1. Health

Discuss in my forum

Arlin Cuncic

Prisoners of a Different Kind: The Difference Between Agoraphobia and Social Anxiety Disorder

By May 22, 2011

Follow me on:

Agoraphobia and social anxiety disorder (SAD) share some common symptoms but in other ways are very different. Agoraphobics fear being in places where escape would be difficult if they were to have a panic attack.

For example, an agoraphobic might fear being in an elevator or a crowd of people because if panic were to strike, there would be no way to leave.

People with SAD might also fear being in a crowd but for a different reason. They might feel like the people in the crowd are watching or judging them. They might worry that they will embarrass themselves somehow by behaving in an inappropriate way.

Most agoraphobics feel better when they are in the company of someone they know well. People with SAD may feel worse having a friend along, because that friend is just another set of eyes.

The disorders are both incapacitating but in different ways. Agoraphobics are prisoners in their own homes, while those with SAD often live in a prison of solitude.

What do you think? Do you live with agoraphobia or SAD?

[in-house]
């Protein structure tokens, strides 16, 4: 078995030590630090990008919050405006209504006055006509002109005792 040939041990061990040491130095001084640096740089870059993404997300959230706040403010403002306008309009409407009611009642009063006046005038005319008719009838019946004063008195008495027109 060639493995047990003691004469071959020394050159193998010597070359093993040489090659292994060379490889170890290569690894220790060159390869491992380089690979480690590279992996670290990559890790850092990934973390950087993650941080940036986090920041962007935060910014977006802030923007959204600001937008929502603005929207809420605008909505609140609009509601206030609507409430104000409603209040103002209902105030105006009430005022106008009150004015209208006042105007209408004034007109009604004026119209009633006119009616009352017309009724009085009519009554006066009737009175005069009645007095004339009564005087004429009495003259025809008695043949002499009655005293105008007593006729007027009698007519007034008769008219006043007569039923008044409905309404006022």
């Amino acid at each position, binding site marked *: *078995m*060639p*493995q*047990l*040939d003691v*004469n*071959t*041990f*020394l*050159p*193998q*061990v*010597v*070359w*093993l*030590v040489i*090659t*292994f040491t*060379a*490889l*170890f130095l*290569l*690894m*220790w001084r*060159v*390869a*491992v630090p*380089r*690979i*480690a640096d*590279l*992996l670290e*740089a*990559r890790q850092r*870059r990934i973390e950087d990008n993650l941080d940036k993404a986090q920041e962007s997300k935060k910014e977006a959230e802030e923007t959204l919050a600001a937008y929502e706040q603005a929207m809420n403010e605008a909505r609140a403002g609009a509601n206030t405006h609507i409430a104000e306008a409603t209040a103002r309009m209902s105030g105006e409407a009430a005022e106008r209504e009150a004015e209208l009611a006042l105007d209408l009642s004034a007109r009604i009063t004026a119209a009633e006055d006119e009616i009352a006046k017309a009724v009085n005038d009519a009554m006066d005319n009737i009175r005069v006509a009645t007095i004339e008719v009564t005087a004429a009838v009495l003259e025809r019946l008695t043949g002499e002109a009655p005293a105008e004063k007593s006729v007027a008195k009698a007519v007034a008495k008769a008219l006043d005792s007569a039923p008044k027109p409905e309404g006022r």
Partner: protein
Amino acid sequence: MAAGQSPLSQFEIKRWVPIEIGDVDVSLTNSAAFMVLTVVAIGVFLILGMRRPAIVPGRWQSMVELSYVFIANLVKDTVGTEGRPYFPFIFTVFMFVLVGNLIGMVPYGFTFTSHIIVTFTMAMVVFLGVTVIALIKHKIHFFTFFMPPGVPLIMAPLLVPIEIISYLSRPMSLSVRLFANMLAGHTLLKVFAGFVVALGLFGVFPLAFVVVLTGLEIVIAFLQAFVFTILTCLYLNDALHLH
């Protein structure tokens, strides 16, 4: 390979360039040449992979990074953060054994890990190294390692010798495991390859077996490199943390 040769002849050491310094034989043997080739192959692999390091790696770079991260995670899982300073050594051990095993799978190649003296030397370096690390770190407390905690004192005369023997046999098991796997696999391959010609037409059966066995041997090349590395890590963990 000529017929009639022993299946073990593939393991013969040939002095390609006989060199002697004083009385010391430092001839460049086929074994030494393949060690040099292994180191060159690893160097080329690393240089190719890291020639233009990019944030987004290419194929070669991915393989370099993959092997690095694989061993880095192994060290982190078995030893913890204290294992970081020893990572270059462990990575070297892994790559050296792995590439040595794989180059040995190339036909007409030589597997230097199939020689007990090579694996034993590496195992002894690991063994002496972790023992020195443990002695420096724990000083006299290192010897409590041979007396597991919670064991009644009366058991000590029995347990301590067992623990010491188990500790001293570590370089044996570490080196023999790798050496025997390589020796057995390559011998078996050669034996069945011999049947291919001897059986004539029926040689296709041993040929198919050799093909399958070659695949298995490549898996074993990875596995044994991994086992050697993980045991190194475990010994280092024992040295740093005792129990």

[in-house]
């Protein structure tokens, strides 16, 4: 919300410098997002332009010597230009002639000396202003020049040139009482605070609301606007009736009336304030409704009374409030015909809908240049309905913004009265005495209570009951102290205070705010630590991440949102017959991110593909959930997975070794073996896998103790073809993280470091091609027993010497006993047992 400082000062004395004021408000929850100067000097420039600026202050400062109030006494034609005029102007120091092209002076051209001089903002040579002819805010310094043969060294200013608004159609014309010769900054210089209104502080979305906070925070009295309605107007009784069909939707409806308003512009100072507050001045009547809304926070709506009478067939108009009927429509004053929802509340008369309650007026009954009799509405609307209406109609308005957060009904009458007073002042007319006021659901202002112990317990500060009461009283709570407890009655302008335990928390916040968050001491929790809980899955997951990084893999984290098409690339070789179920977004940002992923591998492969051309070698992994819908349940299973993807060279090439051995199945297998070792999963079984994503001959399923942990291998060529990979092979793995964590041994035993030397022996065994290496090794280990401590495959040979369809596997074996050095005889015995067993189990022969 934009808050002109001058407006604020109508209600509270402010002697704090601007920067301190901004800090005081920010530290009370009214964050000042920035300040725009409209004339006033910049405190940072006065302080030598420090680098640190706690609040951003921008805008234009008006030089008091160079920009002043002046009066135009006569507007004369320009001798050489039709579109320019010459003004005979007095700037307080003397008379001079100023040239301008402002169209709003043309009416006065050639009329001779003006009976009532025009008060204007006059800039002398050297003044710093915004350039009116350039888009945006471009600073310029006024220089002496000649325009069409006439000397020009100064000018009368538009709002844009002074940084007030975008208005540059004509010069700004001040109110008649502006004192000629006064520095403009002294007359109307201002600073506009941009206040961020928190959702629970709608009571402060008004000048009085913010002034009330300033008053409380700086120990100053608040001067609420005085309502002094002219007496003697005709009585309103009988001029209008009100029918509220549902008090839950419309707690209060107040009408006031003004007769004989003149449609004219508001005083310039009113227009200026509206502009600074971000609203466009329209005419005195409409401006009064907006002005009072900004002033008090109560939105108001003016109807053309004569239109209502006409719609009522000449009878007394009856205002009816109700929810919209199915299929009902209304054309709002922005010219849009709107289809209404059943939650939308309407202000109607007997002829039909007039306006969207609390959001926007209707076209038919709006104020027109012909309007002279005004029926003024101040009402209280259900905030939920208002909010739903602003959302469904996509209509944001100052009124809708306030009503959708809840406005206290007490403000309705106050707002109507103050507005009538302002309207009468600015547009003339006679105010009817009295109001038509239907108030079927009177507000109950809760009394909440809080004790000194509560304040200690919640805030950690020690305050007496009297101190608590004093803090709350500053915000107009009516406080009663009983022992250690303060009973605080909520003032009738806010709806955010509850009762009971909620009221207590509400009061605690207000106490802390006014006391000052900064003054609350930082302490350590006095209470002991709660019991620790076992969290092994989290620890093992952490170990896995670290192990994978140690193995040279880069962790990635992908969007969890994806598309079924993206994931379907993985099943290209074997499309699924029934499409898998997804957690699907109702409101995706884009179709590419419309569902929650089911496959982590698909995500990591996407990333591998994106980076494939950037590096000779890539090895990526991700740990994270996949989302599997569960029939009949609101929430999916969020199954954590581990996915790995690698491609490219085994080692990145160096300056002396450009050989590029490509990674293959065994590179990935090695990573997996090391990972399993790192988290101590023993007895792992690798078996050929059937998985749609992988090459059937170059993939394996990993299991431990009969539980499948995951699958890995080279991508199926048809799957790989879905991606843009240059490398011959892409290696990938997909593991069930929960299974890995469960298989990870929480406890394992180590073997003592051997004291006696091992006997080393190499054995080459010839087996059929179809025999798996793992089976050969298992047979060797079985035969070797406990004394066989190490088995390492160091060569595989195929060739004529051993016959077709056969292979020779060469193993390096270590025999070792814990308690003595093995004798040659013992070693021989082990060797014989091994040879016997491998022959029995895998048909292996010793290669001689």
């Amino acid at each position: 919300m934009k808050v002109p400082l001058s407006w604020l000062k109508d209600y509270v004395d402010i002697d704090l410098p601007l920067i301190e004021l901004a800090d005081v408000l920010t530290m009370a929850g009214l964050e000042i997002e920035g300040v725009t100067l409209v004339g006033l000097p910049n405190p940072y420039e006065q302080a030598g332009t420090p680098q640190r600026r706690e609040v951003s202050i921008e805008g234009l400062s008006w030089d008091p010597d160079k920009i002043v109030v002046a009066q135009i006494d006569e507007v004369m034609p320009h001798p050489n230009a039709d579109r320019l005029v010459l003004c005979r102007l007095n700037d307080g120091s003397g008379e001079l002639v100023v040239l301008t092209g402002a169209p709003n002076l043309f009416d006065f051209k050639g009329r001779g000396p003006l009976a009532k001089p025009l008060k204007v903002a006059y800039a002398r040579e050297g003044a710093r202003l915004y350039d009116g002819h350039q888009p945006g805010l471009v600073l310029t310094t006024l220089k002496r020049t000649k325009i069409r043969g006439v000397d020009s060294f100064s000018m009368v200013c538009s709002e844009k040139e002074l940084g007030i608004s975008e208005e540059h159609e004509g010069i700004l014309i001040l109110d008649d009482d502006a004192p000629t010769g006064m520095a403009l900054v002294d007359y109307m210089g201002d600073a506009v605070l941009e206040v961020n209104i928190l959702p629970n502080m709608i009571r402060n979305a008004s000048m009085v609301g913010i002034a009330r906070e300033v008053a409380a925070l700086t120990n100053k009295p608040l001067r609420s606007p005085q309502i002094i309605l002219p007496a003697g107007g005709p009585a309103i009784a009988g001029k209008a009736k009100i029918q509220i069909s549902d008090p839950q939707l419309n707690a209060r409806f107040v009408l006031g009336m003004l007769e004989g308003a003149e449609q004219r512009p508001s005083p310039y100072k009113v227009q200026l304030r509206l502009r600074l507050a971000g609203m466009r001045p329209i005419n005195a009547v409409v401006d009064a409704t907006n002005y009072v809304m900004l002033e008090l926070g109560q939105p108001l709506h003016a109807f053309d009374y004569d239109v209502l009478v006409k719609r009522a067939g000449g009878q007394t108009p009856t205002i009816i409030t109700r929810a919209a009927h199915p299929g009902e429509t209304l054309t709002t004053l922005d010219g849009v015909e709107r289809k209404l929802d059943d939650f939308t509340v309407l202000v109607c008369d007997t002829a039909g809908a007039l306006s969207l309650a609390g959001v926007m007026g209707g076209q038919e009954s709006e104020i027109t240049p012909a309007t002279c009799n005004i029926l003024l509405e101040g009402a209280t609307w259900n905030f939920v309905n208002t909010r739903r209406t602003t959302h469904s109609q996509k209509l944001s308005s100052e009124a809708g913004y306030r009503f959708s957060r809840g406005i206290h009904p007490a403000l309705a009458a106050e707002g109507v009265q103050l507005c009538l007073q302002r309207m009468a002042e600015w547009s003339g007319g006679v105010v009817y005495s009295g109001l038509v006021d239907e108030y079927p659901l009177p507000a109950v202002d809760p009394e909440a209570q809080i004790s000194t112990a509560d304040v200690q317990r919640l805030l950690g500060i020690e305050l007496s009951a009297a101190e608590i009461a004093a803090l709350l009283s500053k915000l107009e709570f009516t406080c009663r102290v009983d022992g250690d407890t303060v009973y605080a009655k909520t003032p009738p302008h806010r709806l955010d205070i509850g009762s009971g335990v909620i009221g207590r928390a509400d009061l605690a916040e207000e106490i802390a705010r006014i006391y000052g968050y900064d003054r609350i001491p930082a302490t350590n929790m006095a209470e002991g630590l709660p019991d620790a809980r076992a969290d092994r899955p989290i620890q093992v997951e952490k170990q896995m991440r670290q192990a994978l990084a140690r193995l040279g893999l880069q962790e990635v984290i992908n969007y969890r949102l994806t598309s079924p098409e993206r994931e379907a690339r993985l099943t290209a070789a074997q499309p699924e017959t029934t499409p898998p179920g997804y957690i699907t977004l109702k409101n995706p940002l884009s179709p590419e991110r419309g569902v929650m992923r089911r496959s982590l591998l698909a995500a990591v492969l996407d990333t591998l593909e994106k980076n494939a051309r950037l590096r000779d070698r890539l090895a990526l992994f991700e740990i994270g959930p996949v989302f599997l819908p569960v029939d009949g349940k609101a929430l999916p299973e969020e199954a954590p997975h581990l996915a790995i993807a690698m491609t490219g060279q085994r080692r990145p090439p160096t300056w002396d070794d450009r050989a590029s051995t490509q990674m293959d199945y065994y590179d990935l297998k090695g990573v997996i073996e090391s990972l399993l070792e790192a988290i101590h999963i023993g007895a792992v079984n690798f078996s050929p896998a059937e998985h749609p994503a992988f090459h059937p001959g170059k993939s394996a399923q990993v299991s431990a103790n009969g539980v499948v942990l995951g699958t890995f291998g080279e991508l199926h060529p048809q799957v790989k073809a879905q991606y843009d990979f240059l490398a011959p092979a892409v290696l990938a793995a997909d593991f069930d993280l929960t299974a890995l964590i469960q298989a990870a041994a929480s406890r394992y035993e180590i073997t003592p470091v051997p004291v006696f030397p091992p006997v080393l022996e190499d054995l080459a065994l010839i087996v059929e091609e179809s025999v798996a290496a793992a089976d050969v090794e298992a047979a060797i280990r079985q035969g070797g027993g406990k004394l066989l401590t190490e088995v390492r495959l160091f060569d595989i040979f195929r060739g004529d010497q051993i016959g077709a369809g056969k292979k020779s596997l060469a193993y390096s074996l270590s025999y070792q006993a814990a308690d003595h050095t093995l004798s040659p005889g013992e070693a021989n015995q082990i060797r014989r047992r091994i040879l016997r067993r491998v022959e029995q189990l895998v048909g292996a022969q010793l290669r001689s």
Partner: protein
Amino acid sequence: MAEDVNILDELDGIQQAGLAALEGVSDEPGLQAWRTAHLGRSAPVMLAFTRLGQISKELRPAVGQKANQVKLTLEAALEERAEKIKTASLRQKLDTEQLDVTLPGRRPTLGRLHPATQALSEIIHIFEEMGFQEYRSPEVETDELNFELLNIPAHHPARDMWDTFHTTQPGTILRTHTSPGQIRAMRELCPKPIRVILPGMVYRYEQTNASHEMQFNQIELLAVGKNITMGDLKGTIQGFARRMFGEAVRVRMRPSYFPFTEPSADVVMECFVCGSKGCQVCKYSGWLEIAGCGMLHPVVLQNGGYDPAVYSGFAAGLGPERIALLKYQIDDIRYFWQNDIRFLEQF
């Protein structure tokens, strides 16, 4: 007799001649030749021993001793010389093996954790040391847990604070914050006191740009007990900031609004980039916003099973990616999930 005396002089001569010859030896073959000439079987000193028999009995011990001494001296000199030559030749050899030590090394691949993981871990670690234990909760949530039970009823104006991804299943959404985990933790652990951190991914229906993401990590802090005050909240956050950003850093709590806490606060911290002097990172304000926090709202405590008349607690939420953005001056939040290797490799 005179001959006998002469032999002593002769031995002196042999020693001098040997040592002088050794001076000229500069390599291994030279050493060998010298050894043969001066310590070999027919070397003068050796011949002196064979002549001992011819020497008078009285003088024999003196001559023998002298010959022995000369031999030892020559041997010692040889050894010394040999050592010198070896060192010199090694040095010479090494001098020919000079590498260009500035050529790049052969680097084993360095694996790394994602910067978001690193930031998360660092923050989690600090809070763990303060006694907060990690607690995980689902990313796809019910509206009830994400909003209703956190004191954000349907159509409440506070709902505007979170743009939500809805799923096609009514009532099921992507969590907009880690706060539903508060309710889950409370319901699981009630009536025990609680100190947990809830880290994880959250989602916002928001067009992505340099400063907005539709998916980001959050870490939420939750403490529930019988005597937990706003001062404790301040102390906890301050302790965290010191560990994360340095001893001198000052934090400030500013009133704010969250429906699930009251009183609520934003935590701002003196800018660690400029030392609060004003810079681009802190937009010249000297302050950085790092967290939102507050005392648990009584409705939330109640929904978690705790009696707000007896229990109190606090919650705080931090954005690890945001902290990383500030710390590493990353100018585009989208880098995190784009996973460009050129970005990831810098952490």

Further Reading

Stay up to date:
Subscribe to the SAD newsletter
Join the discussion in the SAD forum
Follow me on Twitter

Photo Microsoft

May 23, 2011 at 10:05 am
(1) Kyle says:

I have SAD and I have to say that I’ve been going through difficulties this year that have increased my tendencies to stay inside and not leave my home. I feel that judgment is so great whenever I leave that it is too great to face. Although I’ve never been diagnosed as having agoraphobia. The way it is described here, I don’t believe I have that disorder. However, I think that those with severe SAD can exhibit extreme social isolation very similar to agoraphobia, but I think it is more related to the frequent comorbidity of major depressive disorder that accompanies SAD.

Leave a Comment

Line and paragraph breaks are automatic. Some HTML allowed: <a href="" title="">, <b>, <i>, <strike>

©2014 About.com. All rights reserved.

We comply with the HONcode standard
for trustworthy health
information: verify here.